NASA’s Curiosity rover is zooming toward Mars and the space agency has said the nuclear-powered rover appears on course.
Curiosity is on track “to fly through the eye of the needle” for a precise, safe landing on Sunday night, NASA officials said on Saturday.
Tension will be high when the rover plummets through the thin Martian atmosphere and attempts to set its six wheels down on the surface.
Mission control engineers at the Jet Propulsion Laboratory near Los Angeles acknowledge that delivering the one-tonne, six-wheeled rover in one piece is a highly risky proposition under the best of circumstances.
JPL’s team reported on Saturday that the spacecraft and its systems were all healthy and performing flawlessly, and that weather forecasts over the landing zone on Mars were favourable, as Curiosity streaked to within 4.5 million km of its destination.
“We’re on target to fly through the eye of the needle,” Arthur Amador, the Mars Science Laboratory mission manager, told reporters at a briefing about 36 hours before landing time.
Touchdown is scheduled for 10:31pm on Sunday Pacific time (05:31 GMT on Monday).
In what the head of NASA’s Mars programme called a “daring” operation, the space agency plans to land its largest-ever rover, weighing 900kg, by carefully lowering it to the surface on cables from what amounts to a giant jet pack in a so-called sky crane manoeuvre.
|In Pictures: NASA’s Curiosity Rover approaches Mars|
Given the delicate nature of the endeavour and the $2.5bn mission price tag, a lot is at stake.
“We’re about to land a small compact car on the surface with a trunk-load of instruments,” Doug McCusition told reporters.
NASA has promoted the dramatic landing in a video game and is inviting space fans across the US to gather to watch the arrival live, including on the giant screens in New York’s Times Square.
The landing will be followed by orbiting satellites already deployed around Mars.
It will also be streamed live on NASA’s website.
Zooming toward the surface at more than 21,000kph, or 17 times the speed of sound, after it’s nearly nine-month journey, the craft carrying Curiosity will decelerate using thrusters and a parachute.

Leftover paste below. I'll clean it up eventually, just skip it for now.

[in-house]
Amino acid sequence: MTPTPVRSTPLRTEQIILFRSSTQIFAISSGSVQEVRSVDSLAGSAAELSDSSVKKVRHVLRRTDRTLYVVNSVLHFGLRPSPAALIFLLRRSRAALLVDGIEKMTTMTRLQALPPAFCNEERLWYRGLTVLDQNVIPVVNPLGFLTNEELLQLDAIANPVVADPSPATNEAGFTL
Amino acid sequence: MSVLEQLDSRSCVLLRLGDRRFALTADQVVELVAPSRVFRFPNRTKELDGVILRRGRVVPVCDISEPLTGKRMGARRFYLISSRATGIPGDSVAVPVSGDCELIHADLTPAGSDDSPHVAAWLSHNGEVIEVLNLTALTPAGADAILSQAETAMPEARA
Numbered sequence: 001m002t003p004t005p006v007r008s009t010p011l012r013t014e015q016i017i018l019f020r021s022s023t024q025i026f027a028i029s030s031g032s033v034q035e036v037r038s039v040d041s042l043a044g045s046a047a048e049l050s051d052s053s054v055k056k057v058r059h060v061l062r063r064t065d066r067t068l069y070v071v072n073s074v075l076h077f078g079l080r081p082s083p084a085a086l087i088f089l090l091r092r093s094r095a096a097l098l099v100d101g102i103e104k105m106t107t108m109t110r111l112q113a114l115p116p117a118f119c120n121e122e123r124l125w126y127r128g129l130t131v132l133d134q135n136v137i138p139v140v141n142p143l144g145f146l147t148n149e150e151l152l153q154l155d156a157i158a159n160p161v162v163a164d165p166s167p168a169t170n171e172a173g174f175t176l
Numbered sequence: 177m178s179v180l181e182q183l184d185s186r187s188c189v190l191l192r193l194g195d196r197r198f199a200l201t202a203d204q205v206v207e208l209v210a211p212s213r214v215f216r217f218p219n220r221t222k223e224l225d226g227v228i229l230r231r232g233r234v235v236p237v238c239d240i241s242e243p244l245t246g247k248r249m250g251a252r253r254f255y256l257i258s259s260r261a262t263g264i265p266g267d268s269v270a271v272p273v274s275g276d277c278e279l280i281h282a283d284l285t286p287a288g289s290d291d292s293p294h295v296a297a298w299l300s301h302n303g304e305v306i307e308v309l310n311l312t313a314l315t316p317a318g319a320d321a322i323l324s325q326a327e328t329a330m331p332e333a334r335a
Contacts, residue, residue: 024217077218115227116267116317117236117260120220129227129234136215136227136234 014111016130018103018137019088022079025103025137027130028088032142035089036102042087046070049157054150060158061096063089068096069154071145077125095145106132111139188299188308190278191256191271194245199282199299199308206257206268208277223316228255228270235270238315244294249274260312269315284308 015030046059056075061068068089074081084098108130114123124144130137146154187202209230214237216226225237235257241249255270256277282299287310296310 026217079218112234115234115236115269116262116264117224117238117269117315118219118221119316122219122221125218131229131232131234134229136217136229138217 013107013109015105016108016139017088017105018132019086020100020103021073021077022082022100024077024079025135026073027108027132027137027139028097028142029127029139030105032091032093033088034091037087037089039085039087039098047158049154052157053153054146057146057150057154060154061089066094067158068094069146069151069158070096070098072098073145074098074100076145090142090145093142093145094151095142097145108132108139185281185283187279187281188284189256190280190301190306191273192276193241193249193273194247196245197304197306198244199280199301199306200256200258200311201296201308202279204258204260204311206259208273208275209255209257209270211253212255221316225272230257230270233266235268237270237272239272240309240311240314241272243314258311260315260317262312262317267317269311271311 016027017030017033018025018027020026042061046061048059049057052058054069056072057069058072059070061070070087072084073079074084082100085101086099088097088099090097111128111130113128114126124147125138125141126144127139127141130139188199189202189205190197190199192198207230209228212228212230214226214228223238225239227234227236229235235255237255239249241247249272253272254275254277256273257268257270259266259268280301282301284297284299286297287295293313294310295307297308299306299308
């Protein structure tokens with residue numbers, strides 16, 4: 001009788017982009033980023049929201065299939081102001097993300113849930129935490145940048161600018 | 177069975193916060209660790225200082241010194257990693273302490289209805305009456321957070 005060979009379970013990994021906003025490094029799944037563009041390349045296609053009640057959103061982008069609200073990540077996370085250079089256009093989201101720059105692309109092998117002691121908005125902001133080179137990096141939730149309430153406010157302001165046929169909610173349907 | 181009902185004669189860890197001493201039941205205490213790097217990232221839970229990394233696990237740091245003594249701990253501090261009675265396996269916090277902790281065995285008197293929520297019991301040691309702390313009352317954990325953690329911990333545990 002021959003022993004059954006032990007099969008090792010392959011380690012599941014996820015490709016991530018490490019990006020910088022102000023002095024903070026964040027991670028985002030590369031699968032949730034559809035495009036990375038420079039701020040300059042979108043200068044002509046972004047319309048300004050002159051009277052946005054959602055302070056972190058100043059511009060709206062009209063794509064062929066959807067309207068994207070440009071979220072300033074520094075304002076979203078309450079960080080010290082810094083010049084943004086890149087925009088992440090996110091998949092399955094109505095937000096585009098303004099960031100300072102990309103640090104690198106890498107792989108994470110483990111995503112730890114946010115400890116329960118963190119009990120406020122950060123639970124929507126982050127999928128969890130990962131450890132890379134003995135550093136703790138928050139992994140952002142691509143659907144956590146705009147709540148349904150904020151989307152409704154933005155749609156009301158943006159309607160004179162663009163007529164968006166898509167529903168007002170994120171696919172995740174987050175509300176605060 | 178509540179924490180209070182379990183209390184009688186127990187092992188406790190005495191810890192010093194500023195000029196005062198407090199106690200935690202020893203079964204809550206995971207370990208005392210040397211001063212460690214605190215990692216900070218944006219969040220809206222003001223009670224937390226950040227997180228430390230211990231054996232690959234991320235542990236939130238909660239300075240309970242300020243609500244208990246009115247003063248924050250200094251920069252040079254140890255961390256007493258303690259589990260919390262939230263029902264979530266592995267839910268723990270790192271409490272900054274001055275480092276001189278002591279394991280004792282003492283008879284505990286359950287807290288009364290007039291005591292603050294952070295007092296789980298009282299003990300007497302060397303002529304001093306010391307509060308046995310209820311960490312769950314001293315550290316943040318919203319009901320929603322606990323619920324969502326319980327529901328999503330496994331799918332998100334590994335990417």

Along the way it will jettison its cruising rockets, heat shield and outer shell – going through six different vehicle configurations – before gently lowering the rover to the Martian surface like a spider on a thread.
The complicated landing manoeuvre is being employed with a rover for the first time, and has been dubbed the “seven minutes of terror” by NASA staff.
Earlier efforts – with much smaller rovers – always involved an airbag-like structure.
The new routine involves Curiosity steering itself for the final phase of landing. Due to the signal time lag between Mars and Earth (it takes about 14 minutes for a signal on Mars to reach Earth), Curiosity will execute the landing autonomously, following the half a million lines of computer code designed by Earthlings.
“Can we do this? Yeah, I think we can do this. I’m confident,” McCuistion said on Saturday. “We have the A-plus team on this. They’ve done everything possible to ensure success, but that risk still exists.”
One Martian year
The mission will spend at least one Martian year – nearly two Earth years – studying Mars’ Gale crater, in a bid to transition from the search for water to a wider search for the presence of other ingredients necessary for life, such as carbon. It will also study minerals on the surface to get an idea what conditions were like on the planet millions of years ago.
The Gale crater is nearly 154km in diameter and features a mountain that rises some 5km above the surface. The massive feature includes layers of rock strata that will provide a virtual history of Mars’ geological past.
Curiosity will make use of a range of new instruments. Armed with two cameras atop a mast, Curiosity can take three-dimensional and panoramic images, and shoot a laser into rocks to determine their component chemical elements.
A 2m long robotic arm can be extended out from the rover to examine its surroundings more closely, and a drill will allow it to take samples from inside rocks.
The area has already been studied extensively from orbiting spacecraft, and scientists hope that Curiosity will provide clues to a probable wet Martian past. The area contains clay and sulfate-rich areas, where organic compounds necessary to life could be found.
Like its predecessors, Curiosity is equipped with a series of instruments to analyse the composition of the samples. It builds on the work of past rovers, including Opportunity, one of a pair of water-hunting twin rovers that continued functioning years beyond their orginal missions.
NASA eventually hopes to send a manned mission to Mars, and robotic missions to Earth’s nearest planetary neighbour have continued. Mars is the chief component of NASA’s long-term deep space exploration plans.